Trump’s criticism of Japan came during an interview with on Fox Business Network when he was asked about the possibility of bilateral trade deals ahead of his G20 trip, where he will meet with several counterparts, including Japanese President Shinzo Abe.
“Let me start off with general statement — almost all countries in this world take tremendous advantage,” of the US, Trump told Fox Business by phone, repeating a common refrain of his 2016 campaign.
The President then criticized NATO broadly, before singling out Japan for the terms of its military alliance with the US.
“If Japan is attacked, we will fight World War Three … with our lives and with our treasure,” he said, adding, “If we’re attacked, Japan doesn’t have to help us at all,” Trump said. Japan, he claimed, “can watch it on the Sony television, okay, the attack.”
Bloomberg reported that Trump had privately mused about withdrawing from a longstanding defense treaty between the US and Japan because he views it as one sided.
And it appears Trump was again referring to that same agreement in his interview with Fox Business on Wednesday.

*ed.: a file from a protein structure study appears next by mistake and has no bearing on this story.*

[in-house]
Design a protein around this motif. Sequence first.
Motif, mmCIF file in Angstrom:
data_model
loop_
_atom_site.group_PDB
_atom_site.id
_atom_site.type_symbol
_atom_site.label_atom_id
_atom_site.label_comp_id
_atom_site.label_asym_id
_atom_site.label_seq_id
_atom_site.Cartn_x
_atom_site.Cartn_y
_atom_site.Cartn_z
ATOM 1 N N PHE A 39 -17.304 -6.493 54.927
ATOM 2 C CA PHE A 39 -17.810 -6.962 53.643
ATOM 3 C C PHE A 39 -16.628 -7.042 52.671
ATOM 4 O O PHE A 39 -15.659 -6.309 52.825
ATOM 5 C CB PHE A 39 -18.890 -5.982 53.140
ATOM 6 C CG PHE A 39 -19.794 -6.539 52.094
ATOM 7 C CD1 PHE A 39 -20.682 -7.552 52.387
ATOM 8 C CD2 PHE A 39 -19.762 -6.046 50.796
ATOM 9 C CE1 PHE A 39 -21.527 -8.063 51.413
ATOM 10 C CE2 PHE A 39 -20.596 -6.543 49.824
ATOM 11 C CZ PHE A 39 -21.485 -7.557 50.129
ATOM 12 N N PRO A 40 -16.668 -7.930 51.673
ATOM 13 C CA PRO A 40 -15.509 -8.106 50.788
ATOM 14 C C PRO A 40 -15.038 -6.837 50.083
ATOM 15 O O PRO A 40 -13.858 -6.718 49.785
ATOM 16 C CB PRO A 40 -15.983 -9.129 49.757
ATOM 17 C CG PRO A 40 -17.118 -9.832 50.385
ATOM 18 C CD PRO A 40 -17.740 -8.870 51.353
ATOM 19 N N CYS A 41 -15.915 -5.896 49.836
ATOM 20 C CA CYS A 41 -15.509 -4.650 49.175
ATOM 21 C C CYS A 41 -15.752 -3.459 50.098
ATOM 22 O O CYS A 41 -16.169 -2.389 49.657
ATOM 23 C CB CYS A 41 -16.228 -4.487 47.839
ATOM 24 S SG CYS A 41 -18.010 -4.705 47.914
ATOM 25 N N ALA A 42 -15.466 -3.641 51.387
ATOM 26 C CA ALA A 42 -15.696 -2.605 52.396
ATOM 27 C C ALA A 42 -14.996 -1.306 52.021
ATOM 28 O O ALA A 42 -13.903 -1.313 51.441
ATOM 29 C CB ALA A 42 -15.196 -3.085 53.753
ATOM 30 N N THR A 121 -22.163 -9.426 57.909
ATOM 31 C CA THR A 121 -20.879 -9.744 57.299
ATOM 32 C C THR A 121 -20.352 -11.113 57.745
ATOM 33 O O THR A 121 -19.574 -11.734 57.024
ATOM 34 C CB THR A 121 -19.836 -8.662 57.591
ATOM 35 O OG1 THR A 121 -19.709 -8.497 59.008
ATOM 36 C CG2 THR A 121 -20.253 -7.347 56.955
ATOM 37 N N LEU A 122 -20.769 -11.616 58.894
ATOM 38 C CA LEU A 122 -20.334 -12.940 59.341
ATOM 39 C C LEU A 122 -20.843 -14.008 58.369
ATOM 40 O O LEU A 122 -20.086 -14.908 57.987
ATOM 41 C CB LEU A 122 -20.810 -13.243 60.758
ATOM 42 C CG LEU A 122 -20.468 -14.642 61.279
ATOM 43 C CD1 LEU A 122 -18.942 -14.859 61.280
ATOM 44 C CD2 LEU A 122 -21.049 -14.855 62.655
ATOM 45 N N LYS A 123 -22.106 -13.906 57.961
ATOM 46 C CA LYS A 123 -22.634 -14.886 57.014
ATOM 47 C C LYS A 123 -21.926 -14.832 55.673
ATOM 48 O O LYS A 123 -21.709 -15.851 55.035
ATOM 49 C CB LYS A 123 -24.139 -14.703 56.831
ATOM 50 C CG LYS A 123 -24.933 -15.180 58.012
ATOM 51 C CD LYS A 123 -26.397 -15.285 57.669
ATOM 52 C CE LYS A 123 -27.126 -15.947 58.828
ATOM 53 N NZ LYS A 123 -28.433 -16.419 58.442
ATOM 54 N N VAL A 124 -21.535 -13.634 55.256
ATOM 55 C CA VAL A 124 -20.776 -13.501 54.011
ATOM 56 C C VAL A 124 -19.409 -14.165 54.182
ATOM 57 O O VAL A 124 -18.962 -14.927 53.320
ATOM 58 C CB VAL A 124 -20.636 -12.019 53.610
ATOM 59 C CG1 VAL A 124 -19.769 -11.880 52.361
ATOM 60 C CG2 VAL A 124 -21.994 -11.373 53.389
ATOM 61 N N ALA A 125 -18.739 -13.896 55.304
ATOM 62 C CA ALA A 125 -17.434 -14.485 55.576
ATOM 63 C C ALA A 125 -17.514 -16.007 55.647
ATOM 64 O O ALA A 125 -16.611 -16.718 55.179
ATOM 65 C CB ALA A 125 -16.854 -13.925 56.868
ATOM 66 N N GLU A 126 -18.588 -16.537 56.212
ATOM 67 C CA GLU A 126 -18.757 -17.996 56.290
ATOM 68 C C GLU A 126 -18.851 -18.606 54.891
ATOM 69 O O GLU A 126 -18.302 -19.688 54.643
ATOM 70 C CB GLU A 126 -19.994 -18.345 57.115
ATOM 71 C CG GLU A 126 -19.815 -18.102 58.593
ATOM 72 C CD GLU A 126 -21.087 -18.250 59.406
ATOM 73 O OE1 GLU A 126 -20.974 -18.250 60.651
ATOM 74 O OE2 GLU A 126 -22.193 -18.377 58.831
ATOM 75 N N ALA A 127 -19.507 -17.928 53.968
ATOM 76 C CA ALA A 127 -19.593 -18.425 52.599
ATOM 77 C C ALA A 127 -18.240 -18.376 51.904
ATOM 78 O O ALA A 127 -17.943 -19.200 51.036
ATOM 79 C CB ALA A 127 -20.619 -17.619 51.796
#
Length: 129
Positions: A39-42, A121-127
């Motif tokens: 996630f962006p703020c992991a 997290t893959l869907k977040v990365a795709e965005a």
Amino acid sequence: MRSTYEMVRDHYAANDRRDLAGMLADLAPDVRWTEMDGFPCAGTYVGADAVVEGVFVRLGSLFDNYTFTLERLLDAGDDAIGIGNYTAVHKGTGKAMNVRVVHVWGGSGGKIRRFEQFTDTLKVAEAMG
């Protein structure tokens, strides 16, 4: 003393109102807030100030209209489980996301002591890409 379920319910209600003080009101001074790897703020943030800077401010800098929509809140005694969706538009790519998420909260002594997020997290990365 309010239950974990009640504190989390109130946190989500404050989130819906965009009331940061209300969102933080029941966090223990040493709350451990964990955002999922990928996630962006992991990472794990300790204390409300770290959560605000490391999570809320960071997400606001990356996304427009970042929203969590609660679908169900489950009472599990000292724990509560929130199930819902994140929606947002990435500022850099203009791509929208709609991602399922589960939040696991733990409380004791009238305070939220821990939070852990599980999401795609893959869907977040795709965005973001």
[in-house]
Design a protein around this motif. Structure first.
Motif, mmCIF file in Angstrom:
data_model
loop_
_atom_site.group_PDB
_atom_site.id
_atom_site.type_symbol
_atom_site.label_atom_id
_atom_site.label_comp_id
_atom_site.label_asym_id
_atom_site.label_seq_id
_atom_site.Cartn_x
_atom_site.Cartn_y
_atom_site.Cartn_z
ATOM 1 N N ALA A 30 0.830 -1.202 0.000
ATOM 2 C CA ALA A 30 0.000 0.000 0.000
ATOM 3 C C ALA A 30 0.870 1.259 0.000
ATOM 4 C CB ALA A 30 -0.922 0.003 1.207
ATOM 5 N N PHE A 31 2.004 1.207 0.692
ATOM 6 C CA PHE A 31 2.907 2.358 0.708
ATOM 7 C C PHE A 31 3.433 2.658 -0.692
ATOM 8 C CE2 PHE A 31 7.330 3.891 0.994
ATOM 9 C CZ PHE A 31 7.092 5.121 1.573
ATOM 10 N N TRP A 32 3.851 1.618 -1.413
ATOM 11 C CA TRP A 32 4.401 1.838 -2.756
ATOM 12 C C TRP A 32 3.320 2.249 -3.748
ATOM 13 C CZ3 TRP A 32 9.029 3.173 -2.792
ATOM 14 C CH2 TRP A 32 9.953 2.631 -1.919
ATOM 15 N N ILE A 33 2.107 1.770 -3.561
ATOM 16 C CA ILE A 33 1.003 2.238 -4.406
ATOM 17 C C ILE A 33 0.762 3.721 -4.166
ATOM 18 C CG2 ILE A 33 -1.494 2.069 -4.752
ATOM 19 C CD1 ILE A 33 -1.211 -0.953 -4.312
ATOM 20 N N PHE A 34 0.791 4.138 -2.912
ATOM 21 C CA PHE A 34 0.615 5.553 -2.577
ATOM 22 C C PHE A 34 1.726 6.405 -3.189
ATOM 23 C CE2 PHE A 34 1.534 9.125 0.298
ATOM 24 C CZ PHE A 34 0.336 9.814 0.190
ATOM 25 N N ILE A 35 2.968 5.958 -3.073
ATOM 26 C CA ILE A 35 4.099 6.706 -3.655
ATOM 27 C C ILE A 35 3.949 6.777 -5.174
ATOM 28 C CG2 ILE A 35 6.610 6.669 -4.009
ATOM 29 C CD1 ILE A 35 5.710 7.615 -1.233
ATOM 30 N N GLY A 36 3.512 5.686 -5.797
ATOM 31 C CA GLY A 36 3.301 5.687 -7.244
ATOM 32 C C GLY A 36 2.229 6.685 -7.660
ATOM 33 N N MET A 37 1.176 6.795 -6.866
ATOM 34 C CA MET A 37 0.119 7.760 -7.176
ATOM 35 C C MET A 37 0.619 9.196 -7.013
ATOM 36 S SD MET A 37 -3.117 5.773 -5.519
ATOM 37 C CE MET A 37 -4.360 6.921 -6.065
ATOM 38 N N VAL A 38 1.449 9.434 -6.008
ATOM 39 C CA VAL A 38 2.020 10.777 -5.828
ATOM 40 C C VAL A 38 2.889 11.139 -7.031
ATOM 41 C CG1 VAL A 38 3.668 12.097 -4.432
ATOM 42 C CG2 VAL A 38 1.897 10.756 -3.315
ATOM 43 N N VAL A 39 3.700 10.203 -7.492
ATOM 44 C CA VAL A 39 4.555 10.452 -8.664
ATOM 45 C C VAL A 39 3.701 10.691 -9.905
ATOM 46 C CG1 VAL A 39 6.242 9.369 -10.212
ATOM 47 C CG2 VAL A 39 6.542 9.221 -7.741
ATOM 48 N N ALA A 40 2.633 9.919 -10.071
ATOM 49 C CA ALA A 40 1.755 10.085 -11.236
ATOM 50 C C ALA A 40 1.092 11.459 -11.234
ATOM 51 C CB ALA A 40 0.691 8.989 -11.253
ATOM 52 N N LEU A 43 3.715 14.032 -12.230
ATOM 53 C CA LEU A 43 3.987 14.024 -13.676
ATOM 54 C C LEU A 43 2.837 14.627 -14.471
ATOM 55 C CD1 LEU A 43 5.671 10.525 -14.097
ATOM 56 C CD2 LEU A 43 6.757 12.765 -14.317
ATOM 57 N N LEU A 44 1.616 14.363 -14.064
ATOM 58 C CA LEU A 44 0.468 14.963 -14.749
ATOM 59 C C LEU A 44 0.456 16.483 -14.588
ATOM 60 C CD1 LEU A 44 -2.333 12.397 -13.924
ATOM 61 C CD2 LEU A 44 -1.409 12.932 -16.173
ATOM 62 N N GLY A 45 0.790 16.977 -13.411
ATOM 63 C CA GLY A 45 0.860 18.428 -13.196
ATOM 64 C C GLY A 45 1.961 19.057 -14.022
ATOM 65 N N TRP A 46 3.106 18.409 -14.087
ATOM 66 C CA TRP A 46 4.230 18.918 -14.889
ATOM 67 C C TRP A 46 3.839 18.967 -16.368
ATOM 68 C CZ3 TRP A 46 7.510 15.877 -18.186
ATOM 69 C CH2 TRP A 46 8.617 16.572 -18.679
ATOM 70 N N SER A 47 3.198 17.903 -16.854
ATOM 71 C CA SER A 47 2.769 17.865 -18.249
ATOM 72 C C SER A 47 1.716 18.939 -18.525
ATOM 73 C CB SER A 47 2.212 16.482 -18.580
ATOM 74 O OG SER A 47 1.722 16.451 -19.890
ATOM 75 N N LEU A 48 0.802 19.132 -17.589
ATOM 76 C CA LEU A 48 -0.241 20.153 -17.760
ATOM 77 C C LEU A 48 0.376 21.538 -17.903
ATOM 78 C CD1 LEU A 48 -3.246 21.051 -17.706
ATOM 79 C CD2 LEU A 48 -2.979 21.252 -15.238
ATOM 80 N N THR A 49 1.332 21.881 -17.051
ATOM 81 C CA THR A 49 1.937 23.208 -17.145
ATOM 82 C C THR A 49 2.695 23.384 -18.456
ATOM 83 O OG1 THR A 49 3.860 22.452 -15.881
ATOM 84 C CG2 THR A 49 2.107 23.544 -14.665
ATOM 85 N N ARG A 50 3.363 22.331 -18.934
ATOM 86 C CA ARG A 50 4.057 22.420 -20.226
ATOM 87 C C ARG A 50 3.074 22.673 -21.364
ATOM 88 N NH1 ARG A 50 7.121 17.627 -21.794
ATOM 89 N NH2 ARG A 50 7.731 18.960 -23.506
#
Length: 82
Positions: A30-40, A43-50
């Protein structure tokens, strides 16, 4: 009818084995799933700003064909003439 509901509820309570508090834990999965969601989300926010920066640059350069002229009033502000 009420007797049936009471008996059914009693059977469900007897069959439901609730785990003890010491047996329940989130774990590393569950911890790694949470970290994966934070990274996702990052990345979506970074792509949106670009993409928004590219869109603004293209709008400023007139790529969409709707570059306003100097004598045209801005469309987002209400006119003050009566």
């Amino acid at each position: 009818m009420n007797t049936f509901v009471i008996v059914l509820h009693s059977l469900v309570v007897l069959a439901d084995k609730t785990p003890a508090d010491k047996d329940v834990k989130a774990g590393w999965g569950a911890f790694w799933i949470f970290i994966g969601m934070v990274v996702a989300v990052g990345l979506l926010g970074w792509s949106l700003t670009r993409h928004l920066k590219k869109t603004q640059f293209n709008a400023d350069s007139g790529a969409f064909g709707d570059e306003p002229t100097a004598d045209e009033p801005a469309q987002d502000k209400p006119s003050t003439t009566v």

The US has been a close military and diplomatic ally of Tokyo for more than 70 years. The two countries first signed the Treaty of San Francisco in 1951, officially ending World War II.
Treaty of Mutual Cooperation and Security between the United States and Japan,” which allows the US to maintain military bases in Japan with the understanding that it would defend Japan if it were ever attacked.
However, Trump has repeatedly urged military allies in east Asia to pay for their own defense, teasing the end of a US military presence in the region while encouraging Japan to buy more American weapons to better protect itself against threats from North Korea.
Ahead of the G20 summit, which will be held in Japan, Trump is again voicing his frustration over military agreements with key allies.
Trump has long criticized NATO countries over their failure to spend enough on defense and meet the 2% of GDP target recommended by the alliance, a target being met by only seven members presently.
While previous presidents had made similar critiques of NATO members’ defense spending, Trump has made it a central theme of his presidential campaign and his administration’s foreign policy, once calling the alliance “obsolete” and repeatedly slamming allies over the spending issue and linking it to trade disputes with the European Union.